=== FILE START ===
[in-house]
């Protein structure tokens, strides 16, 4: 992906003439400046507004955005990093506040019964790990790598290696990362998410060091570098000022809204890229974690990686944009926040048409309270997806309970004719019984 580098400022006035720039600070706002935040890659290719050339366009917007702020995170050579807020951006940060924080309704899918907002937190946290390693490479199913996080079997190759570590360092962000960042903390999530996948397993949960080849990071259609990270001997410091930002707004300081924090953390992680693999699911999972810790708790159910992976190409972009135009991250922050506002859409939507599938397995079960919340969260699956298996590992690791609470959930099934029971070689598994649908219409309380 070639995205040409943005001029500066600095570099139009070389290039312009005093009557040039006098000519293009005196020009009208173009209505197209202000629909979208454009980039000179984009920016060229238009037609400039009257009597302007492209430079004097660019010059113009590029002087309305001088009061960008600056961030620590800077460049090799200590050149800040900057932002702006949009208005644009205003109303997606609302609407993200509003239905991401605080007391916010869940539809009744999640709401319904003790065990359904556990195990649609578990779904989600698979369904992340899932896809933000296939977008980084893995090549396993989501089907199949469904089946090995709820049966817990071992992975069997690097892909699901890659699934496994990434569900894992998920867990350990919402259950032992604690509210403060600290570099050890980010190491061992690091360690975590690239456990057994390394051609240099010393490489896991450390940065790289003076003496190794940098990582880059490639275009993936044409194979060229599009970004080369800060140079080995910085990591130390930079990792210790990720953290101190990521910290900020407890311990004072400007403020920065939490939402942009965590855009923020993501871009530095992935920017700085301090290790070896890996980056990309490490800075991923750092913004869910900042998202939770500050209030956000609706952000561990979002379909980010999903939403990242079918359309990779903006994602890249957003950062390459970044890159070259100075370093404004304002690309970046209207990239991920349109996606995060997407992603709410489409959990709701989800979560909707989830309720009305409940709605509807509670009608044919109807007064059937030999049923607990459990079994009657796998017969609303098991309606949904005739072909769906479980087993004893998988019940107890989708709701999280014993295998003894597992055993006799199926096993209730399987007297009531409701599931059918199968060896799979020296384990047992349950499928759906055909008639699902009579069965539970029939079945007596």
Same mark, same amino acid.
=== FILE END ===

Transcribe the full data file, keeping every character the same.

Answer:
[in-house]
């Protein structure tokens, strides 16, 4: 992906003439400046507004955005990093506040019964790990790598290696990362998410060091570098000022809204890229974690990686944009926040048409309270997806309970004719019984 580098400022006035720039600070706002935040890659290719050339366009917007702020995170050579807020951006940060924080309704899918907002937190946290390693490479199913996080079997190759570590360092962000960042903390999530996948397993949960080849990071259609990270001997410091930002707004300081924090953390992680693999699911999972810790708790159910992976190409972009135009991250922050506002859409939507599938397995079960919340969260699956298996590992690791609470959930099934029971070689598994649908219409309380 070639995205040409943005001029500066600095570099139009070389290039312009005093009557040039006098000519293009005196020009009208173009209505197209202000629909979208454009980039000179984009920016060229238009037609400039009257009597302007492209430079004097660019010059113009590029002087309305001088009061960008600056961030620590800077460049090799200590050149800040900057932002702006949009208005644009205003109303997606609302609407993200509003239905991401605080007391916010869940539809009744999640709401319904003790065990359904556990195990649609578990779904989600698979369904992340899932896809933000296939977008980084893995090549396993989501089907199949469904089946090995709820049966817990071992992975069997690097892909699901890659699934496994990434569900894992998920867990350990919402259950032992604690509210403060600290570099050890980010190491061992690091360690975590690239456990057994390394051609240099010393490489896991450390940065790289003076003496190794940098990582880059490639275009993936044409194979060229599009970004080369800060140079080995910085990591130390930079990792210790990720953290101190990521910290900020407890311990004072400007403020920065939490939402942009965590855009923020993501871009530095992935920017700085301090290790070896890996980056990309490490800075991923750092913004869910900042998202939770500050209030956000609706952000561990979002379909980010999903939403990242079918359309990779903006994602890249957003950062390459970044890159070259100075370093404004304002690309970046209207990239991920349109996606995060997407992603709410489409959990709701989800979560909707989830309720009305409940709605509807509670009608044919109807007064059937030999049923607990459990079994009657796998017969609303098991309606949904005739072909769906479980087993004893998988019940107890989708709701999280014993295998003894597992055993006799199926096993209730399987007297009531409701599931059918199968060896799979020296384990047992349950499928759906055909008639699902009579069965539970029939079945007596």
Same mark, same amino acid.